How To Get A Flat Stomach
You’ve probably heard the saying “Abs are made in the kitchen.” And it’s true.
While working out can help strengthen, tone and define your abs, if you want to really discover how to get a flat stomach then you have to start in the kitchen. Now with us all staying indoors more and working from home, it has never been a better time to start.
Lets be honest, no-one likes to diet. No one likes to restrict their treats, count calories or cook healthy meals that take forever. But eating clean and keeping your diet under control is the best way to really get results.
“Can’t I just run more and do more squats?” I hear you say. Sadly not.
Exercising for weight loss relies on that one simple rule: calories in vs calories out.
But there’s much more to it than that. Stress, genetics and hormones play a big part in how easily you gain weight and how difficult it is to lose fat. Burning calories through exercise is surprisingly hard, so it needs to start with clean eating – were not saying a diet.
The term diet is a loss in itself, it is short term. You need to look to change your lifestyle and not just go on a ‘diet’ for a short amount of time.
Did you know that one Starbucks Frappuccino with a slice of lemon cake just added 1000 calories to your day. Yes, 1000 calories can you believe it! You would have to jog non stop for 2 full hours just to get back to where you were before your coffee shop treat. Half an hour lifting weights in the gym burns an average of 100 calories. That is equivalent to one banana or one cereal bar or one slice of toast.
It’s going to be pretty tough to exercise away every excess calorie if you don’t watch what you eat. We are not saying is that it is not a waste of time working out, definitely not. Exercise is not only the single most important thing you can do for both your physical and mental health, but it also helps speed up your metabolism. Exercise promotes muscle growth, tones your muscles and burn off excess body fat. It just can’t compensate for a bad diet.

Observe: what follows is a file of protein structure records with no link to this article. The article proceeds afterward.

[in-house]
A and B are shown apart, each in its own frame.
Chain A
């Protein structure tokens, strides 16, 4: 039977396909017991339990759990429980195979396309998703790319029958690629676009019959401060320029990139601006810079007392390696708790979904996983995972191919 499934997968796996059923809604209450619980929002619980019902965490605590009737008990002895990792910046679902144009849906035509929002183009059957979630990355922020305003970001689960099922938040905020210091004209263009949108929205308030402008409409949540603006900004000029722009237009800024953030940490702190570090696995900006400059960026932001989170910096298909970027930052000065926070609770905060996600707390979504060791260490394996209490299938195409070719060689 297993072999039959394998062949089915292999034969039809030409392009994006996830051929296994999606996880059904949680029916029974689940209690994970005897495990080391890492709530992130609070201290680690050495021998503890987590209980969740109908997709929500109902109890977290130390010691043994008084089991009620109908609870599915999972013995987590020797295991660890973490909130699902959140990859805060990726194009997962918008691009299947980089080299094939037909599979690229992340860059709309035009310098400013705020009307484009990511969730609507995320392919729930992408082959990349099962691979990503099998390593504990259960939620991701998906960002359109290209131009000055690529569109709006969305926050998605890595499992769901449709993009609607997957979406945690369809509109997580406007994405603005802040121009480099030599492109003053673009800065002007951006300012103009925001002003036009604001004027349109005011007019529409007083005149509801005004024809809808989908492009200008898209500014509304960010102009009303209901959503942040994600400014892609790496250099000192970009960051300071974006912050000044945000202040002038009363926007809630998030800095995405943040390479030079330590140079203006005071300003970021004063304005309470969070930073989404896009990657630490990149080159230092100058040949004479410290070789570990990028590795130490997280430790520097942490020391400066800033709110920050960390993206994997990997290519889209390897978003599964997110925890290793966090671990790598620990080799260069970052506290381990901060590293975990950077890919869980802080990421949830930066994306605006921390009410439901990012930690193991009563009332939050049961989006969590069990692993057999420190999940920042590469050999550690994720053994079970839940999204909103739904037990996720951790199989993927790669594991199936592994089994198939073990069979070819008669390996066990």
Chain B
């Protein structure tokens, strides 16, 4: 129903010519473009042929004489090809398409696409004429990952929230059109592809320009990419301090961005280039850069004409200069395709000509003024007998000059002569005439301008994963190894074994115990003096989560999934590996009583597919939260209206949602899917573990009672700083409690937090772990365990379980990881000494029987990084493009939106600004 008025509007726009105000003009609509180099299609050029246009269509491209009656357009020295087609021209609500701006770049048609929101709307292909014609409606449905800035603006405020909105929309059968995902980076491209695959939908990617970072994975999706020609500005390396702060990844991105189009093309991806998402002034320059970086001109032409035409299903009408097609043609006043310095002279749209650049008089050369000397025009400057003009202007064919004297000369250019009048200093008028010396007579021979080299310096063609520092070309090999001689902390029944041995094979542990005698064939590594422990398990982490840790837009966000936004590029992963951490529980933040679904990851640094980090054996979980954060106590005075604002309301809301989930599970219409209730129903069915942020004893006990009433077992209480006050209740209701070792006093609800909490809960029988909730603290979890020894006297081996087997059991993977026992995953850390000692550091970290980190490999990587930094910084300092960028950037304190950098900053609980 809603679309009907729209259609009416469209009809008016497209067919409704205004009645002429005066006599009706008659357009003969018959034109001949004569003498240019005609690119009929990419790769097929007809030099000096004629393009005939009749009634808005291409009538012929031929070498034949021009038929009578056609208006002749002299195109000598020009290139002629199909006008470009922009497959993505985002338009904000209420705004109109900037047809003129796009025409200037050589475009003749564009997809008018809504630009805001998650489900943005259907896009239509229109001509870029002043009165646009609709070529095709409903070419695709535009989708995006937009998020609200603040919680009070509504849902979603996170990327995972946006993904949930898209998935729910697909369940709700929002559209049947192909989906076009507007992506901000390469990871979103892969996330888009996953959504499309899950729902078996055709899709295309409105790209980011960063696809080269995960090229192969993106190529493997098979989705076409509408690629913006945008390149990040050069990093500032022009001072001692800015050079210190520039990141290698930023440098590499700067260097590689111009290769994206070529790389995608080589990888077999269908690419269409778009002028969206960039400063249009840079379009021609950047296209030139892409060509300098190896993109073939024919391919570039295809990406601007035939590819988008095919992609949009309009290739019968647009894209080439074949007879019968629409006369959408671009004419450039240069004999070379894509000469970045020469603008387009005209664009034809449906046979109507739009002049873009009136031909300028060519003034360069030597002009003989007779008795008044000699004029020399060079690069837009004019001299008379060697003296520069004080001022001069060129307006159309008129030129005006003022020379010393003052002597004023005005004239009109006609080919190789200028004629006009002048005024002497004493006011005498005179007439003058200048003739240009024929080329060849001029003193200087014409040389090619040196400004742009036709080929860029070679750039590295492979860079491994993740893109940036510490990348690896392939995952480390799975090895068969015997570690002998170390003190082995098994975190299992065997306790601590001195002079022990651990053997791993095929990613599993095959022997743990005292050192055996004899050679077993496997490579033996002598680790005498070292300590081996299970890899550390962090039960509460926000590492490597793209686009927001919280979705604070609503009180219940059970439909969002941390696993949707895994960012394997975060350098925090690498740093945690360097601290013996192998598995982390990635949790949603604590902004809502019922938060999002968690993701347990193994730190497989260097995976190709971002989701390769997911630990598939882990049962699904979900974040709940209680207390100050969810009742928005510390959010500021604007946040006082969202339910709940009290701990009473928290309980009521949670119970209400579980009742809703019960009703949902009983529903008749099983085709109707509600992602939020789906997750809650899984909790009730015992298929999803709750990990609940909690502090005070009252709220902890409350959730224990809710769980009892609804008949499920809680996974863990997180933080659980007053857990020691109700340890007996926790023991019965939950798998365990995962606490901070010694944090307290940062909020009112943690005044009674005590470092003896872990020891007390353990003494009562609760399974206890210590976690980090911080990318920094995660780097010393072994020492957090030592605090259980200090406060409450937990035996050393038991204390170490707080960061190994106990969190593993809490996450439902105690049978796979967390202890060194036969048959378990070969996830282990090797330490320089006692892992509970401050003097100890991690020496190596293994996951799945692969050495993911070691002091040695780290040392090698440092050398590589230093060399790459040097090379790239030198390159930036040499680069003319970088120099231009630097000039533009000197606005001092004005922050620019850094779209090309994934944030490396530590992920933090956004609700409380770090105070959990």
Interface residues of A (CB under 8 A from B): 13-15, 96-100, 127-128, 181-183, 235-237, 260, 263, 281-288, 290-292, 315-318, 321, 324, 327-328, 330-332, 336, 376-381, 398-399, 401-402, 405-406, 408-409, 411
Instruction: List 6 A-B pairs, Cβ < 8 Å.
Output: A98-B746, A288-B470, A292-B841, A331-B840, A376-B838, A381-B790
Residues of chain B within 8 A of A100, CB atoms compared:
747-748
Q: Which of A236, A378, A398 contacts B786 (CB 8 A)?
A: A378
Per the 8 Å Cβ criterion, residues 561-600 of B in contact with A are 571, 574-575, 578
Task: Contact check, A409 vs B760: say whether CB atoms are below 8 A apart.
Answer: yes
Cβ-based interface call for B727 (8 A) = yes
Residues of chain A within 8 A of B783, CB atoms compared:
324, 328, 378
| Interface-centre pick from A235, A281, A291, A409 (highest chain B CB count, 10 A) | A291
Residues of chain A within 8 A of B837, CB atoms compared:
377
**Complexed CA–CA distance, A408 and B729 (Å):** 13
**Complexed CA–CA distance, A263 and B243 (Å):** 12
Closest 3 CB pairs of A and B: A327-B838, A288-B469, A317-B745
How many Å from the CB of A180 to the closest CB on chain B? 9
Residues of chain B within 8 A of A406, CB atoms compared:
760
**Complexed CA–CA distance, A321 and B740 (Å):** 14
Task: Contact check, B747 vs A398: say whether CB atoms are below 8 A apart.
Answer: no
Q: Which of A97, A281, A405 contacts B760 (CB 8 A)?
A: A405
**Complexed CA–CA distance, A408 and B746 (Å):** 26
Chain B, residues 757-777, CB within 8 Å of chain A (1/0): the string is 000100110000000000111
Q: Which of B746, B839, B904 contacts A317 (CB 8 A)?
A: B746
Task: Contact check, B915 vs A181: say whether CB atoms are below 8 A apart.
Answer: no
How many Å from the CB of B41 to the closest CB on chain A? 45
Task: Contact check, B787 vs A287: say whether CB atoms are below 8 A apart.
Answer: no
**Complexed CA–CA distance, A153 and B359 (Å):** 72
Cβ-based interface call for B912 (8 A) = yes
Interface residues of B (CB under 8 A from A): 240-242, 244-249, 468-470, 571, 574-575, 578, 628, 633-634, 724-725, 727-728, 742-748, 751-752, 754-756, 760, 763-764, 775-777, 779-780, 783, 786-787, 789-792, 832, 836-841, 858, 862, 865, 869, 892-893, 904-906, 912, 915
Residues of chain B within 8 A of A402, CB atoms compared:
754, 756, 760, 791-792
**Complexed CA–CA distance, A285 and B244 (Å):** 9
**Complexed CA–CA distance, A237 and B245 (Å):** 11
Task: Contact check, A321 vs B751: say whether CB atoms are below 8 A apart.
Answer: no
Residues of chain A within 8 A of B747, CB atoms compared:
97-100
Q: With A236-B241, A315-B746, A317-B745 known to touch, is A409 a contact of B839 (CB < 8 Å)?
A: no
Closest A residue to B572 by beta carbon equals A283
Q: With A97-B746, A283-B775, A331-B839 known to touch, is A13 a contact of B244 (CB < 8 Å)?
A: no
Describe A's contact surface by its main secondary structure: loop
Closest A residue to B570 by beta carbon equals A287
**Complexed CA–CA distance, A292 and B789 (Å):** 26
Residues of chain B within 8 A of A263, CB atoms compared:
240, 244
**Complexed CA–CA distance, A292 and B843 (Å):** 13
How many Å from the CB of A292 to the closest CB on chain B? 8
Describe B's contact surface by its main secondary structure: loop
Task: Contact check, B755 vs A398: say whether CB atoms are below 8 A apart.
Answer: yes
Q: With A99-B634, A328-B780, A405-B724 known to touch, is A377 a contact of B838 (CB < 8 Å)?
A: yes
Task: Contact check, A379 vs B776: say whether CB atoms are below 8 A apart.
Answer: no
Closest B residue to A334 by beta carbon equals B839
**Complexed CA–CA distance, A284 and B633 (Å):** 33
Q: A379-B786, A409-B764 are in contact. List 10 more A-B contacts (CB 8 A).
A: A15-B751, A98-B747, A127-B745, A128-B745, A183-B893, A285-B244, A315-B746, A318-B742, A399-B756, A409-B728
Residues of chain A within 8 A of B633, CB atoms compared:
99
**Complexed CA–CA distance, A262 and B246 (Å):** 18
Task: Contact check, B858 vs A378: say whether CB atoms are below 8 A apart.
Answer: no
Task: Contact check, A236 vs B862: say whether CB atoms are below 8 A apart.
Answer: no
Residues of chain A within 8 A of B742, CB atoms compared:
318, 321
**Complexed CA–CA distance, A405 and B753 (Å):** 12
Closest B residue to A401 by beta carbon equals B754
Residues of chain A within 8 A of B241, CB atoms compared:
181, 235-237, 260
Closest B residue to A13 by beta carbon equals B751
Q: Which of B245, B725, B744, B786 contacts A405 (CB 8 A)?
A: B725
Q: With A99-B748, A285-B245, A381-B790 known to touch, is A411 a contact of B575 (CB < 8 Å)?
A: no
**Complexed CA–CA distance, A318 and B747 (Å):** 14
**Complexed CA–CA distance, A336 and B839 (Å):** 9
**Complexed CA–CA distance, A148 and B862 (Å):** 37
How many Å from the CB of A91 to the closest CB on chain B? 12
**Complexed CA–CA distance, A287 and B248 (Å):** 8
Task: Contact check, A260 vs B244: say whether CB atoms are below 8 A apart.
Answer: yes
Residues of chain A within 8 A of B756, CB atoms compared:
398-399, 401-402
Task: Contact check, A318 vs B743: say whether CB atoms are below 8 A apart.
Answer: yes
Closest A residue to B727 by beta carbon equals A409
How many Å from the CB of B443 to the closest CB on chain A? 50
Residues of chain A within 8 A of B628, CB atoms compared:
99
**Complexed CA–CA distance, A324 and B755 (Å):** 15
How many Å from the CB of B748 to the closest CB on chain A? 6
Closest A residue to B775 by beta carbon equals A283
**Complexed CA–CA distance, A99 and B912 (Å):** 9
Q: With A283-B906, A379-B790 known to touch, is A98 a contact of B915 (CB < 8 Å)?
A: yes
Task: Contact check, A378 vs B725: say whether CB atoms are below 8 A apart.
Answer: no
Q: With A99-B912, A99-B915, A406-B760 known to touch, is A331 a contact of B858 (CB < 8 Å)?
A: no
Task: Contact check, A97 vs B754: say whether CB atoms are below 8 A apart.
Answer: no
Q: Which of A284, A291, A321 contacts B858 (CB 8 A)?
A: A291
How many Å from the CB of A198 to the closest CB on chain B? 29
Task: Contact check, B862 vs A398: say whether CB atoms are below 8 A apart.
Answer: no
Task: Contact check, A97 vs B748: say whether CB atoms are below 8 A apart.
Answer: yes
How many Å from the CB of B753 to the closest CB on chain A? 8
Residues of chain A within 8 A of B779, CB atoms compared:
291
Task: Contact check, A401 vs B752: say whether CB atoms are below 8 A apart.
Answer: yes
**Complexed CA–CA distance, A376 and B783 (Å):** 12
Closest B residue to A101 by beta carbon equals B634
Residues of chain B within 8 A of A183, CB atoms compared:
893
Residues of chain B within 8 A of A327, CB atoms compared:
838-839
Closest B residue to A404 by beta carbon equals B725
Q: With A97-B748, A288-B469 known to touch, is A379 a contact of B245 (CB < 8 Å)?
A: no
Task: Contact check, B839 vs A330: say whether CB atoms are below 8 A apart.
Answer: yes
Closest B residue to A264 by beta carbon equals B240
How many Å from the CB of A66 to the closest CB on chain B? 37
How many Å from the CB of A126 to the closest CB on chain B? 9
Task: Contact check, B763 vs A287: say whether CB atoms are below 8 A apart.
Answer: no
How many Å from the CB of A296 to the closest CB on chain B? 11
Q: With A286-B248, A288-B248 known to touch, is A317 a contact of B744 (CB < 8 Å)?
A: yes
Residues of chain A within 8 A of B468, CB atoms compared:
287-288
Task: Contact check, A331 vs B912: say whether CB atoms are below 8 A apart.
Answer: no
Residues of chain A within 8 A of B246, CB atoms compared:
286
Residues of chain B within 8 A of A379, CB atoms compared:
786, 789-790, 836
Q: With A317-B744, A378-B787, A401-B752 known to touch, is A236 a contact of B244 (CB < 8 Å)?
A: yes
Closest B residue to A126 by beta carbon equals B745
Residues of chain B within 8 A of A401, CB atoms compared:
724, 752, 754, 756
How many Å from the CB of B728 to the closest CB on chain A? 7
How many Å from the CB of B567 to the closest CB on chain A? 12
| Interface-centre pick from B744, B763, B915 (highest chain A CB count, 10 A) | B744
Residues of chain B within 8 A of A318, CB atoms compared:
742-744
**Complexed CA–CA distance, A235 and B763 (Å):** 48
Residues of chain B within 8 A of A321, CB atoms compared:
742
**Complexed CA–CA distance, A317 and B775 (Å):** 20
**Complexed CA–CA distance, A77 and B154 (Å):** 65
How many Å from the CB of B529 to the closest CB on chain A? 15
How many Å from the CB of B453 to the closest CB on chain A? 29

Are Abs Made In The Kitchen
A calorie deficit is the most important and is the correct answer you’re looking for. Without a controlled, healthy, nutritious diet you won’t see your abs no matter how many sit-ups you attempt! You could plank for two hours a day but if you’re eating into a big calorie surplus (consuming more calories than you’re burning off) then you’re shooting yourself in the foot!
If you aren’t losing weight or can’t see any physical changes in the mirror, then you’ll need to do one of two things. Either decrease your calorie intake or increase the amount of exercise you’re doing. Both will aid towards pushing your overall calorie intake down slightly.
So what should you eat if you want to get a flat stomach?
First, you need to understand that it’s not just fat loss that you want – it’s muscle growth too. You see, abs are muscles. That defined, toned stomach is that way because the muscles in your stomach are strong and toned. So you’ll need a diet that not only instigates fat loss but also gives your body the nutrients it needs (plenty of protein) to build those abdominal muscles.
Keto Is King
When it comes to fat loss AND muscle growth then Keto is king. The Keto Diet is a fat loss diet that is a low carb style of eating. It’s actually the only diet that’s been proven to help build muscle at the same time as burning fat – which is exactly what we want to do.
It’s naturally pretty clean – when you cut out carbs you automatically cut out sugars, refined flours and other “junk” foods. The typical Keto Diet is made up of low carb, high fat and moderate protein foods and meals. This would normally look like 5-10% Carbs, 20-30% Protein and 60-75% Fat.